Calvinism and Arminianism 4

One of the greatest differences between the evangelical Calvinists and those they deride as “Hyper-calvinists,” is the evangelical Calvinists believe Arminians and Pelagians are otherwise sound “Christians,” and refer to them as their brothers and sisters. The Hyper-calvinists believe that as long as one is unconverted from his natural freewill state by the operation of the Spirit of God, and converted to the free grace of God by the Gospel of the grace of God, there is insufficient evidence to consider such as a “Christian,” or a “brother or sister.” This is not to say that they consign them to hell–that is not their desire, for by their own experience they understand that before that gracious divine call out of darkness, they, too, were “vessels of wrath even as others.” Arminians and Pelagians are as much in need for the gospel as any “heathen” or pagan. Calvinists would do well to “evangelize” their Arminian or Pelagian “brothers and sisters.”

Luther taught that the heart of the issue of the Reformation was the doctrine of the enslaved will. He said that it was worth standing for even if it disturbed the whole world. On the other hand, in the modern day we have those who are not willing to cause a disturbance in a denomination to teach this doctrine. They are willing to hold hands and to build bridges with those who deny and hate this doctrine. The enslaved will is at the very heart of the Gospel and the Gospel has two twin truths that the enslaved will supports. 1) The helplessness of man in his sin and 2) the sovereignty of the grace of God. Apart from those twin truths there is no justification by faith alone.

It is vital to go back to some degree and try to grasp what the magisterial Reformers taught on this issue (the will). While it is true that the Bible trumps any and all people, once doctrines or systems of doctrines begin to be used it is necessary to understand what the origins of those are. It has been said that Luther was a Calvinist and Calvin was a Lutheran on these issues. The greatest of the Reformers were not divided on this issue. It was not just a side issue, but instead it was thought to be at the heart of the Gospel. At the time of the Reformation the doctrine of the will was seen to be at the heart of the Gospel, yet today it is greatly ignored and not thought to be important as long as a person preaches Christ. I would argue that for the Reformers it was not possible to preach Christ alone and grace alone apart from teaching the bondage of the will and the enslavement of man in sin. It may be the case that those who are modern Calvinists (in a large majority) are the ones that are not in accordance with the Reformers and some (not all) of those they deride as “Hyper-Calvinists” are in line with the Reformers.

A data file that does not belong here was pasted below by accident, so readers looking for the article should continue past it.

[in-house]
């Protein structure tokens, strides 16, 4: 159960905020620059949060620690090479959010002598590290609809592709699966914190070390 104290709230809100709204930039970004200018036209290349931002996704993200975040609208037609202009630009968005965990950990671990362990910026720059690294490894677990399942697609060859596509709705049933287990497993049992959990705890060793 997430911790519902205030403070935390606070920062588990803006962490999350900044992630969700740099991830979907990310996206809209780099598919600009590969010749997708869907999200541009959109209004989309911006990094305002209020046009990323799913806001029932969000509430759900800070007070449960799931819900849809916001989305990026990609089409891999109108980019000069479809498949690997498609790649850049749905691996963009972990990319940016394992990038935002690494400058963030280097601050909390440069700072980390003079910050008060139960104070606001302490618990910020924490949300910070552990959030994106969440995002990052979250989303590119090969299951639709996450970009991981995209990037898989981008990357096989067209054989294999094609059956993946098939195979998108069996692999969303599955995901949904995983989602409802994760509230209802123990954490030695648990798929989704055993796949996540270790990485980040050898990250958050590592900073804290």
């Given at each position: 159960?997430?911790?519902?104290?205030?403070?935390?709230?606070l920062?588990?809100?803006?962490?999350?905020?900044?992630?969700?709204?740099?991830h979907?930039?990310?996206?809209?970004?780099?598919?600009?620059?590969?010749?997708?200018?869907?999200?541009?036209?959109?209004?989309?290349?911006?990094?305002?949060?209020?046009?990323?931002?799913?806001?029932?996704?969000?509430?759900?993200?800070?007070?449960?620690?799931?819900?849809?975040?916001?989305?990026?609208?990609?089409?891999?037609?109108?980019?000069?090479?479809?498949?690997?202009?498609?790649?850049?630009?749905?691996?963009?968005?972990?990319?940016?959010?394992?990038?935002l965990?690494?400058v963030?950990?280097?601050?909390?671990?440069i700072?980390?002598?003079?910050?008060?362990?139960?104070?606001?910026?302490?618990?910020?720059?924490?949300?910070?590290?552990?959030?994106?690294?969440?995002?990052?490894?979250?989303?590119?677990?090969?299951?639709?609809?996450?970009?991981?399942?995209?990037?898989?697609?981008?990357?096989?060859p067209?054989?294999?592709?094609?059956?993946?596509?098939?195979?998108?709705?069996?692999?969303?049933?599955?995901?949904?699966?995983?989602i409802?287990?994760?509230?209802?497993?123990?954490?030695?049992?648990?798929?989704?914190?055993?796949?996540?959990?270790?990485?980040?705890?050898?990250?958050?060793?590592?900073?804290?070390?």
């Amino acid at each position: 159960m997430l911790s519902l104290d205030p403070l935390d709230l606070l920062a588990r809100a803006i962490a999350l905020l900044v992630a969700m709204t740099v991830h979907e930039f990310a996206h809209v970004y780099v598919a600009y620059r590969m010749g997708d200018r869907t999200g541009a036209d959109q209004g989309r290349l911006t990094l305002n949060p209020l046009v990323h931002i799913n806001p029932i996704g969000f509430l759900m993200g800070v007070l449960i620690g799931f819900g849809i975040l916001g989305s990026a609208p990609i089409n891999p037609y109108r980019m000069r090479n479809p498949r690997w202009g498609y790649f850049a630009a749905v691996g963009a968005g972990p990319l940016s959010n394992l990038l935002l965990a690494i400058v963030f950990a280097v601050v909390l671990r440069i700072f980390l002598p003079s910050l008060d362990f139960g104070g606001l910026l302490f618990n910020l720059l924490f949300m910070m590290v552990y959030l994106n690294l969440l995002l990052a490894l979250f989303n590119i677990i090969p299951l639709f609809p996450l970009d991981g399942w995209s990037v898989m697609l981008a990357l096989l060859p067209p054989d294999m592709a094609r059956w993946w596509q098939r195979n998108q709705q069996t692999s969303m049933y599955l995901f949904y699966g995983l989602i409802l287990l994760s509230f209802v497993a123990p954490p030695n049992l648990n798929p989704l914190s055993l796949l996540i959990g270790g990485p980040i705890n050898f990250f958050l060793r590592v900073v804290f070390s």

The subject of free-will is, as it were, the connecting link between the doctrines of original sin and of divine grace—between man’s natural condition as fallen, involved in guilt and depravity, and the way in which they are restored to favor, to holiness, and happiness.   William Cunningham

The above statement is vital to understanding what true Reformed theology is and what is at the heart of the Gospel itself. If the statement by Cunningham (just above) is representative of what the Reformers taught and what they taught was in line with Scripture, then the whole of theological thought in the modern day needs to be awakened. Those who are evangelical or modern Calvinists are in fact not in line with historical Calvinism and their wholesale acceptance of Arminians as brothers and sisters is also not in line with the Reformers. One may deride a desire for consistency as being small-minded, but that may be something that comes from a small mind itself. The doctrine of original sin and the doctrine of divine grace meet somewhere and in some way. One cannot be understood to a great degree apart from understanding the other. To the degree we view man as being in sin is the degree we view divine grace as saving man.

The true doctrine of the depravity of man cannot and will not stand with the doctrine of free-will. The true doctrine of free-grace cannot and will not stand with the doctrine of free-will. The true doctrines of man’s depravity and of sovereign grace stand squarely with justification by grace alone through faith alone. If we throw out our doctrines of depravity to the degree that we think of the doctrine of free-will as being of little importance, we have also thrown out the real doctrine of justification by grace alone through faith alone. One can be gracious and winsome and at the same time be one who is throwing out the essential teachings of the Gospel in the name of Calvinism or in the name of Arminianism. We can smile and be as nice as a person can be while sinners drop into hell trusting in their free-wills. That is far worse than Nero fiddling while Rome burned (whether that story is true or not).

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